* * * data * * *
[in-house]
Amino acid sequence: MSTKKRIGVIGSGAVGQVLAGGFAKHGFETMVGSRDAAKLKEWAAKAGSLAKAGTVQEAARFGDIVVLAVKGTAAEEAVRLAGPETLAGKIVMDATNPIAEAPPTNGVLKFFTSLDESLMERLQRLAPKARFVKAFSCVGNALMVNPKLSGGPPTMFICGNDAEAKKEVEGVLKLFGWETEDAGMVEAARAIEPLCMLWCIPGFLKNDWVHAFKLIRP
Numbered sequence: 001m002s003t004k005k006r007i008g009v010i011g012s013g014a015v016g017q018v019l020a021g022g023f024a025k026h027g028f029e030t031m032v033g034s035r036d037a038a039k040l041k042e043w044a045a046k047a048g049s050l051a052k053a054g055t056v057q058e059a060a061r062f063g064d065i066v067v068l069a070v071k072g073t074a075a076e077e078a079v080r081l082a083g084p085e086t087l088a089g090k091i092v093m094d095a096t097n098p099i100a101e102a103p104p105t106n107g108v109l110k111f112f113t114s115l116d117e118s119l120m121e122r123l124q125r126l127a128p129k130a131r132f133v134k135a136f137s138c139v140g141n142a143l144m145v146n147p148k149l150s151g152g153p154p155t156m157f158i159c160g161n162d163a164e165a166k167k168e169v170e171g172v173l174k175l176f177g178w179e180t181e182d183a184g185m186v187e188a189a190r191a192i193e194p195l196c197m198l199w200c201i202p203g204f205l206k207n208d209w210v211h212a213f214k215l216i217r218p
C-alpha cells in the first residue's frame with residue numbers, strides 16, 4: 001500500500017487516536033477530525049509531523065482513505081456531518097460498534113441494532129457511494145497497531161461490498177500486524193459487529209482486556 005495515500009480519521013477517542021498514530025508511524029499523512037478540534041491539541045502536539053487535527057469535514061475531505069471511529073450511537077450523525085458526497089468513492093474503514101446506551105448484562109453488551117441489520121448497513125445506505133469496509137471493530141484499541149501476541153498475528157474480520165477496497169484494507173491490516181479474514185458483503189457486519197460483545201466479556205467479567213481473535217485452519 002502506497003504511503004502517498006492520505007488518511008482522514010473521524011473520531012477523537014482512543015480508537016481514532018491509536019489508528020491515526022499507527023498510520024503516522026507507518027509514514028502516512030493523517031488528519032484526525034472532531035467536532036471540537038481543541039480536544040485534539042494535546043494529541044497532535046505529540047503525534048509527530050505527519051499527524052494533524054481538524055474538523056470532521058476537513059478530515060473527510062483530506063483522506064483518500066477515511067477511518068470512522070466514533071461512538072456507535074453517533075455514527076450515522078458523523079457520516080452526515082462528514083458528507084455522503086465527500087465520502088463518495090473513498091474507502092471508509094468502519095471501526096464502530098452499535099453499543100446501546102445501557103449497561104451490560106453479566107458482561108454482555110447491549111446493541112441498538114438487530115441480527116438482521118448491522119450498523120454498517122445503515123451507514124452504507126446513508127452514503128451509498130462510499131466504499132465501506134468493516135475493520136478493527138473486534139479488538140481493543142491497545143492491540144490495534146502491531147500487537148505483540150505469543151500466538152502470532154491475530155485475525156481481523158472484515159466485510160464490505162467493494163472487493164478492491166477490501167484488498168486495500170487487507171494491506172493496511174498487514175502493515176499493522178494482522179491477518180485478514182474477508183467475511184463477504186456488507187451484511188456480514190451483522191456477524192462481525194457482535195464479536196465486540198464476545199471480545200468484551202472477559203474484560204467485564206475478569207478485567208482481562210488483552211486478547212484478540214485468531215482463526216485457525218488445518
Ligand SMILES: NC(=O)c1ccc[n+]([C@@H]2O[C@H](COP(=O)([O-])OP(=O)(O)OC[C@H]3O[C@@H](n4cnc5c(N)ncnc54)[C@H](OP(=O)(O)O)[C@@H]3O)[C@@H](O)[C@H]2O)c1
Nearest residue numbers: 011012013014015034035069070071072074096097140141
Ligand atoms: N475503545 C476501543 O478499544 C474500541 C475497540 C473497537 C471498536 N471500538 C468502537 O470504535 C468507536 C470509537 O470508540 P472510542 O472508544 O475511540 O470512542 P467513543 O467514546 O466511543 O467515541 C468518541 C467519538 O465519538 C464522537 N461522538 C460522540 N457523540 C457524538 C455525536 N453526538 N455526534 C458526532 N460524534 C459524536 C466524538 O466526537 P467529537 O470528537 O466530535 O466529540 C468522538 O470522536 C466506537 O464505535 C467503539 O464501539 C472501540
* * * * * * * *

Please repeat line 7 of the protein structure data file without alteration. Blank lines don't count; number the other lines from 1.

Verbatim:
Ligand atoms: N475503545 C476501543 O478499544 C474500541 C475497540 C473497537 C471498536 N471500538 C468502537 O470504535 C468507536 C470509537 O470508540 P472510542 O472508544 O475511540 O470512542 P467513543 O467514546 O466511543 O467515541 C468518541 C467519538 O465519538 C464522537 N461522538 C460522540 N457523540 C457524538 C455525536 N453526538 N455526534 C458526532 N460524534 C459524536 C466524538 O466526537 P467529537 O470528537 O466530535 O466529540 C468522538 O470522536 C466506537 O464505535 C467503539 O464501539 C472501540